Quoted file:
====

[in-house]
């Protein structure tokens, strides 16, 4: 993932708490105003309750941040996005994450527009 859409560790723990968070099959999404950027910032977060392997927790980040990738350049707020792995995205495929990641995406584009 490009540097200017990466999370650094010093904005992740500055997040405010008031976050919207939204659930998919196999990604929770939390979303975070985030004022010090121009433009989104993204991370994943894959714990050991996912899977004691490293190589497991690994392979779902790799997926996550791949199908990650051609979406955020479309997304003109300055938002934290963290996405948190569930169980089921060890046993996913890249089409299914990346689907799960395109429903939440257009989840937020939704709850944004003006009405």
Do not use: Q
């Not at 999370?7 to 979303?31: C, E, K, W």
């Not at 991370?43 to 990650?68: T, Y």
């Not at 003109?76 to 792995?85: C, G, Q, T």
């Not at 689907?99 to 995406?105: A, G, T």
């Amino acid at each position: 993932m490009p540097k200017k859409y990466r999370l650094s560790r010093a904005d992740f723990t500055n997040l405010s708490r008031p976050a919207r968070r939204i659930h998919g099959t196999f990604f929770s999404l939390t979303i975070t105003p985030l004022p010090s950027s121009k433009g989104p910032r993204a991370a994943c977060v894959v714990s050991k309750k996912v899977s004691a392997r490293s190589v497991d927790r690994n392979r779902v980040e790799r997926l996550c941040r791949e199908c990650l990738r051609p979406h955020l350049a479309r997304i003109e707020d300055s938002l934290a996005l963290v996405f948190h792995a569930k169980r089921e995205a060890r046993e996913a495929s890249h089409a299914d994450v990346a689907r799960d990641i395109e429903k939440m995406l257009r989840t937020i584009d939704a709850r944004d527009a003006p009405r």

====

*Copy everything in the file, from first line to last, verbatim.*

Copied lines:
[in-house]
């Protein structure tokens, strides 16, 4: 993932708490105003309750941040996005994450527009 859409560790723990968070099959999404950027910032977060392997927790980040990738350049707020792995995205495929990641995406584009 490009540097200017990466999370650094010093904005992740500055997040405010008031976050919207939204659930998919196999990604929770939390979303975070985030004022010090121009433009989104993204991370994943894959714990050991996912899977004691490293190589497991690994392979779902790799997926996550791949199908990650051609979406955020479309997304003109300055938002934290963290996405948190569930169980089921060890046993996913890249089409299914990346689907799960395109429903939440257009989840937020939704709850944004003006009405």
Do not use: Q
């Not at 999370?7 to 979303?31: C, E, K, W």
């Not at 991370?43 to 990650?68: T, Y």
């Not at 003109?76 to 792995?85: C, G, Q, T």
């Not at 689907?99 to 995406?105: A, G, T």
């Amino acid at each position: 993932m490009p540097k200017k859409y990466r999370l650094s560790r010093a904005d992740f723990t500055n997040l405010s708490r008031p976050a919207r968070r939204i659930h998919g099959t196999f990604f929770s999404l939390t979303i975070t105003p985030l004022p010090s950027s121009k433009g989104p910032r993204a991370a994943c977060v894959v714990s050991k309750k996912v899977s004691a392997r490293s190589v497991d927790r690994n392979r779902v980040e790799r997926l996550c941040r791949e199908c990650l990738r051609p979406h955020l350049a479309r997304i003109e707020d300055s938002l934290a996005l963290v996405f948190h792995a569930k169980r089921e995205a060890r046993e996913a495929s890249h089409a299914d994450v990346a689907r799960d990641i395109e429903k939440m995406l257009r989840t937020i584009d939704a709850r944004d527009a003006p009405r």